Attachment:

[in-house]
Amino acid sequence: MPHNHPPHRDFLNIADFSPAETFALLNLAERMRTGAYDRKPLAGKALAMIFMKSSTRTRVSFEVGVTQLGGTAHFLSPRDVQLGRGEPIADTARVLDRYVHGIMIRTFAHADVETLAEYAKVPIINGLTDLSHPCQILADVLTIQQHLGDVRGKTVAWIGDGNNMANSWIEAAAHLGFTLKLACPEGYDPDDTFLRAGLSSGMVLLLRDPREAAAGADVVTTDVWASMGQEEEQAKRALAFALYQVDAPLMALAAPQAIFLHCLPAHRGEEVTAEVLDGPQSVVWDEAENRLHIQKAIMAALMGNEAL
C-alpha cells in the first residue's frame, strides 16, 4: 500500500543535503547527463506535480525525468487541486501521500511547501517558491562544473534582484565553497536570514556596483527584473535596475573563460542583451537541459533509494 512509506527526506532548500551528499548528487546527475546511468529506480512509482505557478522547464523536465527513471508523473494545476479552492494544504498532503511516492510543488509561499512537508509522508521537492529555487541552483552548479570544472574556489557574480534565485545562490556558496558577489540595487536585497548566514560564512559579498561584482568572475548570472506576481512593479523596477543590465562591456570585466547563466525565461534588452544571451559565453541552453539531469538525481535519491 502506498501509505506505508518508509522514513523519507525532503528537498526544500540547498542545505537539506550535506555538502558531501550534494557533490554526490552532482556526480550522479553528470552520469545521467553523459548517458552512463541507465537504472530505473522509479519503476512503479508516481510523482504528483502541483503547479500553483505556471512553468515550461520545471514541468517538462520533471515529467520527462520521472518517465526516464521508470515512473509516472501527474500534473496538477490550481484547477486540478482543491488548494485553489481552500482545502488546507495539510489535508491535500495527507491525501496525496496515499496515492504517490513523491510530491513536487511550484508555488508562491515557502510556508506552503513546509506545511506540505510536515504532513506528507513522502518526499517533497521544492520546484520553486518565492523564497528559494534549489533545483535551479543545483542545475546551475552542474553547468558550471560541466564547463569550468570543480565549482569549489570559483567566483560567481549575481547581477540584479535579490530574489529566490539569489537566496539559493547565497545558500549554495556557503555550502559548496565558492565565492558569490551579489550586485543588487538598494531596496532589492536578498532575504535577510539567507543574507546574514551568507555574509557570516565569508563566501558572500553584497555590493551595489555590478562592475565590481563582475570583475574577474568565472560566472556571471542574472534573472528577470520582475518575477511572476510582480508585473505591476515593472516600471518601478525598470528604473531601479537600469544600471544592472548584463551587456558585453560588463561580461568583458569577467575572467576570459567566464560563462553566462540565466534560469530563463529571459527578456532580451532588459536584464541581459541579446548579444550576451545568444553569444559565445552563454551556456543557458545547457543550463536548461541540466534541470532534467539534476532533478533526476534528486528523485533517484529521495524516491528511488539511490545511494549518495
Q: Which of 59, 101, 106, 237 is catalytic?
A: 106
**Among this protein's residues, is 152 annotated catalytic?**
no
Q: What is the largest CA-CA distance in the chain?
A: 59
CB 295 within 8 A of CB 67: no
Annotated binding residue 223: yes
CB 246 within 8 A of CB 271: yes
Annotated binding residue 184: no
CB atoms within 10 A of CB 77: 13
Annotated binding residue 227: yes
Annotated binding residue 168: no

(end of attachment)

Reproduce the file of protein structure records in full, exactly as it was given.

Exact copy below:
[in-house]
Amino acid sequence: MPHNHPPHRDFLNIADFSPAETFALLNLAERMRTGAYDRKPLAGKALAMIFMKSSTRTRVSFEVGVTQLGGTAHFLSPRDVQLGRGEPIADTARVLDRYVHGIMIRTFAHADVETLAEYAKVPIINGLTDLSHPCQILADVLTIQQHLGDVRGKTVAWIGDGNNMANSWIEAAAHLGFTLKLACPEGYDPDDTFLRAGLSSGMVLLLRDPREAAAGADVVTTDVWASMGQEEEQAKRALAFALYQVDAPLMALAAPQAIFLHCLPAHRGEEVTAEVLDGPQSVVWDEAENRLHIQKAIMAALMGNEAL
C-alpha cells in the first residue's frame, strides 16, 4: 500500500543535503547527463506535480525525468487541486501521500511547501517558491562544473534582484565553497536570514556596483527584473535596475573563460542583451537541459533509494 512509506527526506532548500551528499548528487546527475546511468529506480512509482505557478522547464523536465527513471508523473494545476479552492494544504498532503511516492510543488509561499512537508509522508521537492529555487541552483552548479570544472574556489557574480534565485545562490556558496558577489540595487536585497548566514560564512559579498561584482568572475548570472506576481512593479523596477543590465562591456570585466547563466525565461534588452544571451559565453541552453539531469538525481535519491 502506498501509505506505508518508509522514513523519507525532503528537498526544500540547498542545505537539506550535506555538502558531501550534494557533490554526490552532482556526480550522479553528470552520469545521467553523459548517458552512463541507465537504472530505473522509479519503476512503479508516481510523482504528483502541483503547479500553483505556471512553468515550461520545471514541468517538462520533471515529467520527462520521472518517465526516464521508470515512473509516472501527474500534473496538477490550481484547477486540478482543491488548494485553489481552500482545502488546507495539510489535508491535500495527507491525501496525496496515499496515492504517490513523491510530491513536487511550484508555488508562491515557502510556508506552503513546509506545511506540505510536515504532513506528507513522502518526499517533497521544492520546484520553486518565492523564497528559494534549489533545483535551479543545483542545475546551475552542474553547468558550471560541466564547463569550468570543480565549482569549489570559483567566483560567481549575481547581477540584479535579490530574489529566490539569489537566496539559493547565497545558500549554495556557503555550502559548496565558492565565492558569490551579489550586485543588487538598494531596496532589492536578498532575504535577510539567507543574507546574514551568507555574509557570516565569508563566501558572500553584497555590493551595489555590478562592475565590481563582475570583475574577474568565472560566472556571471542574472534573472528577470520582475518575477511572476510582480508585473505591476515593472516600471518601478525598470528604473531601479537600469544600471544592472548584463551587456558585453560588463561580461568583458569577467575572467576570459567566464560563462553566462540565466534560469530563463529571459527578456532580451532588459536584464541581459541579446548579444550576451545568444553569444559565445552563454551556456543557458545547457543550463536548461541540466534541470532534467539534476532533478533526476534528486528523485533517484529521495524516491528511488539511490545511494549518495
Q: Which of 59, 101, 106, 237 is catalytic?
A: 106
**Among this protein's residues, is 152 annotated catalytic?**
no
Q: What is the largest CA-CA distance in the chain?
A: 59
CB 295 within 8 A of CB 67: no
Annotated binding residue 223: yes
CB 246 within 8 A of CB 271: yes
Annotated binding residue 184: no
CB atoms within 10 A of CB 77: 13
Annotated binding residue 227: yes
Annotated binding residue 168: no